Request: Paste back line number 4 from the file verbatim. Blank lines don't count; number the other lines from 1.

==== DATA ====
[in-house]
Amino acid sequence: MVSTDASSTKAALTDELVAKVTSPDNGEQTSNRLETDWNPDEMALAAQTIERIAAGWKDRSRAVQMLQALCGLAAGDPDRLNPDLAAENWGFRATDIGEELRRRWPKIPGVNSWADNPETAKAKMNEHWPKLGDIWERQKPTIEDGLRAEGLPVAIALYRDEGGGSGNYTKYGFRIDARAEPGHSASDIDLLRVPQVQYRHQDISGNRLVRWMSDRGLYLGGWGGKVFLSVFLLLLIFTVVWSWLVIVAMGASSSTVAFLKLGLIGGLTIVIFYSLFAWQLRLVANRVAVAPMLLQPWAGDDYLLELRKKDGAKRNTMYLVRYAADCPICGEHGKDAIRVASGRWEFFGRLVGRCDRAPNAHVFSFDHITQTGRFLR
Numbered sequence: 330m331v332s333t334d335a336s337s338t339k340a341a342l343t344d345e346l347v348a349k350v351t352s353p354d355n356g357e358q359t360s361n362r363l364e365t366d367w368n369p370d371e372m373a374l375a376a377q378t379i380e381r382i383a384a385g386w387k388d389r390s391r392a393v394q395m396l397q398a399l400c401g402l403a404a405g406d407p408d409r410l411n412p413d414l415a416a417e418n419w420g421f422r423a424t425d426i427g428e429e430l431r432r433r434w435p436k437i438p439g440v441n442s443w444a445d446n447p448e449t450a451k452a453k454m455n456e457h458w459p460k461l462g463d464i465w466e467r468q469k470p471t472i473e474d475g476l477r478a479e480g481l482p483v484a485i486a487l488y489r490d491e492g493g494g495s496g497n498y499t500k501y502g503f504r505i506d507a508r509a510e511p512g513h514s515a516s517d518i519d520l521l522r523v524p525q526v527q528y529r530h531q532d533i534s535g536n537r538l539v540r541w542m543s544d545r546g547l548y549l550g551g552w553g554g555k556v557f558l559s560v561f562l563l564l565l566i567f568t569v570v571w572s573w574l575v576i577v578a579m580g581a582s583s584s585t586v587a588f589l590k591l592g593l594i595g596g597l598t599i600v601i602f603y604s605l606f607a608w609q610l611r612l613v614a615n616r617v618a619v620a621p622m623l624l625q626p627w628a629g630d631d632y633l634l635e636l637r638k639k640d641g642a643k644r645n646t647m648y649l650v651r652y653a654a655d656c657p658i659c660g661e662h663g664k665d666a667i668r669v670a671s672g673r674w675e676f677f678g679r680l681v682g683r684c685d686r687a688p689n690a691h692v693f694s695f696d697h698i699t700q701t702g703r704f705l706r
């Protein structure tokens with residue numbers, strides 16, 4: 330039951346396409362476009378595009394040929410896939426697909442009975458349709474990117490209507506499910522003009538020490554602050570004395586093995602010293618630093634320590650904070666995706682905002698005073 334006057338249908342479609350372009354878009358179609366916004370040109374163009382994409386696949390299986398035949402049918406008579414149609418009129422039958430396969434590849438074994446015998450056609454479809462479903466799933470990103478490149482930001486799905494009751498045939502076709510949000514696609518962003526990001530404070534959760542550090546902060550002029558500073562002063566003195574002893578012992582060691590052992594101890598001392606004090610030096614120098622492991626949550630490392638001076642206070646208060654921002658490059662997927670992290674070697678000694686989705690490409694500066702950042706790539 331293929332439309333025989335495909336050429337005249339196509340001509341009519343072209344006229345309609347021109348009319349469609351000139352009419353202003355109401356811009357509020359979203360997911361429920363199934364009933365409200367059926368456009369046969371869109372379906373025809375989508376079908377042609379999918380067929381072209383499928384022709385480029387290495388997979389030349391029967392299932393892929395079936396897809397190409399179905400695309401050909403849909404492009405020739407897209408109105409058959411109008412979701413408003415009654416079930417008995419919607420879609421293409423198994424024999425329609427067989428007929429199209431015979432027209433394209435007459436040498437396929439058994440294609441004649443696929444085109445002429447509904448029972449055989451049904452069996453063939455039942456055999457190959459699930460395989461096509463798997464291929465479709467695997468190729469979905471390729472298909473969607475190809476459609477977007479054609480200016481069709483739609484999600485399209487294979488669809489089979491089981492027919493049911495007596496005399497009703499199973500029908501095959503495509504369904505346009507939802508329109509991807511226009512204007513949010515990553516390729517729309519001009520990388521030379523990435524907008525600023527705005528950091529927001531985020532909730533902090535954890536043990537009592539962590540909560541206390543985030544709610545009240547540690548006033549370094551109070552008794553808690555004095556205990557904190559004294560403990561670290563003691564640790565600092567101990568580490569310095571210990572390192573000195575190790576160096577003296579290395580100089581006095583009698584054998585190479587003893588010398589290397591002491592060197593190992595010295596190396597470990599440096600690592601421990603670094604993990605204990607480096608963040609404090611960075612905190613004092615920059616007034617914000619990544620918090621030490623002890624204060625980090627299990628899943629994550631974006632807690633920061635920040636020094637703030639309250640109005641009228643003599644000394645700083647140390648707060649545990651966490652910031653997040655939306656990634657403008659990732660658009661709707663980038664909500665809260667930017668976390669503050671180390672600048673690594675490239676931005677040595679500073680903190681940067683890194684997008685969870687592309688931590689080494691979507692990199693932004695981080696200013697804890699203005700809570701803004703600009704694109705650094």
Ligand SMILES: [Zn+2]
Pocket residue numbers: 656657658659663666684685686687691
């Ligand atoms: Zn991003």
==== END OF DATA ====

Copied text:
């Protein structure tokens with residue numbers, strides 16, 4: 330039951346396409362476009378595009394040929410896939426697909442009975458349709474990117490209507506499910522003009538020490554602050570004395586093995602010293618630093634320590650904070666995706682905002698005073 334006057338249908342479609350372009354878009358179609366916004370040109374163009382994409386696949390299986398035949402049918406008579414149609418009129422039958430396969434590849438074994446015998450056609454479809462479903466799933470990103478490149482930001486799905494009751498045939502076709510949000514696609518962003526990001530404070534959760542550090546902060550002029558500073562002063566003195574002893578012992582060691590052992594101890598001392606004090610030096614120098622492991626949550630490392638001076642206070646208060654921002658490059662997927670992290674070697678000694686989705690490409694500066702950042706790539 331293929332439309333025989335495909336050429337005249339196509340001509341009519343072209344006229345309609347021109348009319349469609351000139352009419353202003355109401356811009357509020359979203360997911361429920363199934364009933365409200367059926368456009369046969371869109372379906373025809375989508376079908377042609379999918380067929381072209383499928384022709385480029387290495388997979389030349391029967392299932393892929395079936396897809397190409399179905400695309401050909403849909404492009405020739407897209408109105409058959411109008412979701413408003415009654416079930417008995419919607420879609421293409423198994424024999425329609427067989428007929429199209431015979432027209433394209435007459436040498437396929439058994440294609441004649443696929444085109445002429447509904448029972449055989451049904452069996453063939455039942456055999457190959459699930460395989461096509463798997464291929465479709467695997468190729469979905471390729472298909473969607475190809476459609477977007479054609480200016481069709483739609484999600485399209487294979488669809489089979491089981492027919493049911495007596496005399497009703499199973500029908501095959503495509504369904505346009507939802508329109509991807511226009512204007513949010515990553516390729517729309519001009520990388521030379523990435524907008525600023527705005528950091529927001531985020532909730533902090535954890536043990537009592539962590540909560541206390543985030544709610545009240547540690548006033549370094551109070552008794553808690555004095556205990557904190559004294560403990561670290563003691564640790565600092567101990568580490569310095571210990572390192573000195575190790576160096577003296579290395580100089581006095583009698584054998585190479587003893588010398589290397591002491592060197593190992595010295596190396597470990599440096600690592601421990603670094604993990605204990607480096608963040609404090611960075612905190613004092615920059616007034617914000619990544620918090621030490623002890624204060625980090627299990628899943629994550631974006632807690633920061635920040636020094637703030639309250640109005641009228643003599644000394645700083647140390648707060649545990651966490652910031653997040655939306656990634657403008659990732660658009661709707663980038664909500665809260667930017668976390669503050671180390672600048673690594675490239676931005677040595679500073680903190681940067683890194684997008685969870687592309688931590689080494691979507692990199693932004695981080696200013697804890699203005700809570701803004703600009704694109705650094």